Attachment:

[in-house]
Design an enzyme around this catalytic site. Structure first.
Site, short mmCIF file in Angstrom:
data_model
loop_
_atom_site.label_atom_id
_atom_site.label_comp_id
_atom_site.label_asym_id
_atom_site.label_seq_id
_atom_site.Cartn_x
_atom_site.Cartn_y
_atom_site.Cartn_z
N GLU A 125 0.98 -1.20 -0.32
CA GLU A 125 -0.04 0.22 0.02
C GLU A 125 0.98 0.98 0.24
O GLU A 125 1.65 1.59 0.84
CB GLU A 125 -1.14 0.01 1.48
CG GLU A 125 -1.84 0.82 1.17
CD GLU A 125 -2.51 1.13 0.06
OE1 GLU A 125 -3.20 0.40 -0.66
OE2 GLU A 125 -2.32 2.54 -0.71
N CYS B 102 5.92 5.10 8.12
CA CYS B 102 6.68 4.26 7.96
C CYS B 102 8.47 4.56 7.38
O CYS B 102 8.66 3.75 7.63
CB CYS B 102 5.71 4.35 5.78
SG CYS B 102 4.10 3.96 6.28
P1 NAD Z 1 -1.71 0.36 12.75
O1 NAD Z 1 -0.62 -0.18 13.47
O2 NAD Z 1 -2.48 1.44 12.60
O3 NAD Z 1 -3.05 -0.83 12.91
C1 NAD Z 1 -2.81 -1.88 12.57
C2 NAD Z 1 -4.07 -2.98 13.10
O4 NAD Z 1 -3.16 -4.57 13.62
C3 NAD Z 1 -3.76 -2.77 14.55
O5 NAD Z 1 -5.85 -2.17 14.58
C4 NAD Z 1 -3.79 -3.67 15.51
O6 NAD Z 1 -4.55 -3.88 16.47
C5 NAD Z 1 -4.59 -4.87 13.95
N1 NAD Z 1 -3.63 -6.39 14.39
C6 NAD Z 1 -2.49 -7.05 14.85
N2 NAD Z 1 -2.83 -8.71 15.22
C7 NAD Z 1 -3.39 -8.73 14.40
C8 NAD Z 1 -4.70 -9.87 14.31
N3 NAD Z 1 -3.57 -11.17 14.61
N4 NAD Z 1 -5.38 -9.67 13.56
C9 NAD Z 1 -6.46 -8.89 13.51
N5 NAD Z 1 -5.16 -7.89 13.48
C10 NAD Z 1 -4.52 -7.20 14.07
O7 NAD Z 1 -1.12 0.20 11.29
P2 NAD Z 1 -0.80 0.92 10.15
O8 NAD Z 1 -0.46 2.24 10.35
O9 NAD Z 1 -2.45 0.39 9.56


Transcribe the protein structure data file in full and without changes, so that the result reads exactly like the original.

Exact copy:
[in-house]
Design an enzyme around this catalytic site. Structure first.
Site, short mmCIF file in Angstrom:
data_model
loop_
_atom_site.label_atom_id
_atom_site.label_comp_id
_atom_site.label_asym_id
_atom_site.label_seq_id
_atom_site.Cartn_x
_atom_site.Cartn_y
_atom_site.Cartn_z
N GLU A 125 0.98 -1.20 -0.32
CA GLU A 125 -0.04 0.22 0.02
C GLU A 125 0.98 0.98 0.24
O GLU A 125 1.65 1.59 0.84
CB GLU A 125 -1.14 0.01 1.48
CG GLU A 125 -1.84 0.82 1.17
CD GLU A 125 -2.51 1.13 0.06
OE1 GLU A 125 -3.20 0.40 -0.66
OE2 GLU A 125 -2.32 2.54 -0.71
N CYS B 102 5.92 5.10 8.12
CA CYS B 102 6.68 4.26 7.96
C CYS B 102 8.47 4.56 7.38
O CYS B 102 8.66 3.75 7.63
CB CYS B 102 5.71 4.35 5.78
SG CYS B 102 4.10 3.96 6.28
P1 NAD Z 1 -1.71 0.36 12.75
O1 NAD Z 1 -0.62 -0.18 13.47
O2 NAD Z 1 -2.48 1.44 12.60
O3 NAD Z 1 -3.05 -0.83 12.91
C1 NAD Z 1 -2.81 -1.88 12.57
C2 NAD Z 1 -4.07 -2.98 13.10
O4 NAD Z 1 -3.16 -4.57 13.62
C3 NAD Z 1 -3.76 -2.77 14.55
O5 NAD Z 1 -5.85 -2.17 14.58
C4 NAD Z 1 -3.79 -3.67 15.51
O6 NAD Z 1 -4.55 -3.88 16.47
C5 NAD Z 1 -4.59 -4.87 13.95
N1 NAD Z 1 -3.63 -6.39 14.39
C6 NAD Z 1 -2.49 -7.05 14.85
N2 NAD Z 1 -2.83 -8.71 15.22
C7 NAD Z 1 -3.39 -8.73 14.40
C8 NAD Z 1 -4.70 -9.87 14.31
N3 NAD Z 1 -3.57 -11.17 14.61
N4 NAD Z 1 -5.38 -9.67 13.56
C9 NAD Z 1 -6.46 -8.89 13.51
N5 NAD Z 1 -5.16 -7.89 13.48
C10 NAD Z 1 -4.52 -7.20 14.07
O7 NAD Z 1 -1.12 0.20 11.29
P2 NAD Z 1 -0.80 0.92 10.15
O8 NAD Z 1 -0.46 2.24 10.35
O9 NAD Z 1 -2.45 0.39 9.56